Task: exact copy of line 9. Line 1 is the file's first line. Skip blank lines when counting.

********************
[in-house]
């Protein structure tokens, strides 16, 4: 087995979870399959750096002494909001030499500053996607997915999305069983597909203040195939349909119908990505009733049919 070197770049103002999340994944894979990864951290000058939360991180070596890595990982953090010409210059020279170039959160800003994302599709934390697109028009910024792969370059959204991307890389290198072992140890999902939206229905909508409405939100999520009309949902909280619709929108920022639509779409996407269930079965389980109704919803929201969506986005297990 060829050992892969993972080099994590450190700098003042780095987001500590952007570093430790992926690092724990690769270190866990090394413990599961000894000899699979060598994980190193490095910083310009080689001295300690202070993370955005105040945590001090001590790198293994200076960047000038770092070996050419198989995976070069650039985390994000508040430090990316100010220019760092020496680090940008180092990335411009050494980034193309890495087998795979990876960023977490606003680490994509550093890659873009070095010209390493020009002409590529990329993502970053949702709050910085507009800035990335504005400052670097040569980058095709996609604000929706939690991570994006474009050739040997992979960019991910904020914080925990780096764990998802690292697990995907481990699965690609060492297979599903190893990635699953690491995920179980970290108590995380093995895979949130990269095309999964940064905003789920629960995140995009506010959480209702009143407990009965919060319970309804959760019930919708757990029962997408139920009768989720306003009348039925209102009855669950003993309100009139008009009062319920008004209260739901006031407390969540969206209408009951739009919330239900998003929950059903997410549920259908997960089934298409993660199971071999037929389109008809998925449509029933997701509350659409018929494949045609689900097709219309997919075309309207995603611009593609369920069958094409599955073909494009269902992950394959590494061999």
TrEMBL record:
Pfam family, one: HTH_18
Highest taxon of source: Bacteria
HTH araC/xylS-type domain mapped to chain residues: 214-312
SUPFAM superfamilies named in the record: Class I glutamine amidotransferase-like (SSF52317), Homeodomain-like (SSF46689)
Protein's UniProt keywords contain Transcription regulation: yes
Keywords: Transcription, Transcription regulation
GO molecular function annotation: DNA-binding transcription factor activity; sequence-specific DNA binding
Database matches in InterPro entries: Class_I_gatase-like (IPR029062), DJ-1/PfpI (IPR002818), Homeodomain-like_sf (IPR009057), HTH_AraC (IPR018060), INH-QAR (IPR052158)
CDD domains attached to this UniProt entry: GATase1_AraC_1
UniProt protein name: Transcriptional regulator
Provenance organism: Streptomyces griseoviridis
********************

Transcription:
Keywords: Transcription, Transcription regulation